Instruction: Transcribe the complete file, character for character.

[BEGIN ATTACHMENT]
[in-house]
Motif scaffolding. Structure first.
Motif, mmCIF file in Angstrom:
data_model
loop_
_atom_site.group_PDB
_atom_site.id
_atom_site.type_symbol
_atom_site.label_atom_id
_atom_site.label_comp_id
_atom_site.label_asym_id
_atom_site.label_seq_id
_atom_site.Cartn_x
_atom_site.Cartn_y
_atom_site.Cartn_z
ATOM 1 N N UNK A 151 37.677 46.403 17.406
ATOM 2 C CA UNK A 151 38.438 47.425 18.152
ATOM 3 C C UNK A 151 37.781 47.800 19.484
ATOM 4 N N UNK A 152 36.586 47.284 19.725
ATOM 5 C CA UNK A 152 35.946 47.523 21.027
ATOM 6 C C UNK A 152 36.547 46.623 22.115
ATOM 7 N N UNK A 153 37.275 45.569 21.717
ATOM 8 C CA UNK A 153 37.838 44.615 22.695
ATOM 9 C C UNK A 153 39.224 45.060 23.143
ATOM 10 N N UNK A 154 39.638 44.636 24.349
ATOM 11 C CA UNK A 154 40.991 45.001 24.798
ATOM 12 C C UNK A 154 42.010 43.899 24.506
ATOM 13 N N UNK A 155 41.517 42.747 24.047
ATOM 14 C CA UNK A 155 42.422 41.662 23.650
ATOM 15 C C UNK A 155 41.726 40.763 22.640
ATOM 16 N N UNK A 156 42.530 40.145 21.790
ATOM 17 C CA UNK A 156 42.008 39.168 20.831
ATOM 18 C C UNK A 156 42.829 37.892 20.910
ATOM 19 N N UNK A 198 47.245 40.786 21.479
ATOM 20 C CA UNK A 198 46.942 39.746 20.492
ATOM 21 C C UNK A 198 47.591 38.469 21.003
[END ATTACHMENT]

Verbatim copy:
[in-house]
Motif scaffolding. Structure first.
Motif, mmCIF file in Angstrom:
data_model
loop_
_atom_site.group_PDB
_atom_site.id
_atom_site.type_symbol
_atom_site.label_atom_id
_atom_site.label_comp_id
_atom_site.label_asym_id
_atom_site.label_seq_id
_atom_site.Cartn_x
_atom_site.Cartn_y
_atom_site.Cartn_z
ATOM 1 N N UNK A 151 37.677 46.403 17.406
ATOM 2 C CA UNK A 151 38.438 47.425 18.152
ATOM 3 C C UNK A 151 37.781 47.800 19.484
ATOM 4 N N UNK A 152 36.586 47.284 19.725
ATOM 5 C CA UNK A 152 35.946 47.523 21.027
ATOM 6 C C UNK A 152 36.547 46.623 22.115
ATOM 7 N N UNK A 153 37.275 45.569 21.717
ATOM 8 C CA UNK A 153 37.838 44.615 22.695
ATOM 9 C C UNK A 153 39.224 45.060 23.143
ATOM 10 N N UNK A 154 39.638 44.636 24.349
ATOM 11 C CA UNK A 154 40.991 45.001 24.798
ATOM 12 C C UNK A 154 42.010 43.899 24.506
ATOM 13 N N UNK A 155 41.517 42.747 24.047
ATOM 14 C CA UNK A 155 42.422 41.662 23.650
ATOM 15 C C UNK A 155 41.726 40.763 22.640
ATOM 16 N N UNK A 156 42.530 40.145 21.790
ATOM 17 C CA UNK A 156 42.008 39.168 20.831
ATOM 18 C C UNK A 156 42.829 37.892 20.910
ATOM 19 N N UNK A 198 47.245 40.786 21.479
ATOM 20 C CA UNK A 198 46.942 39.746 20.492
ATOM 21 C C UNK A 198 47.591 38.469 21.003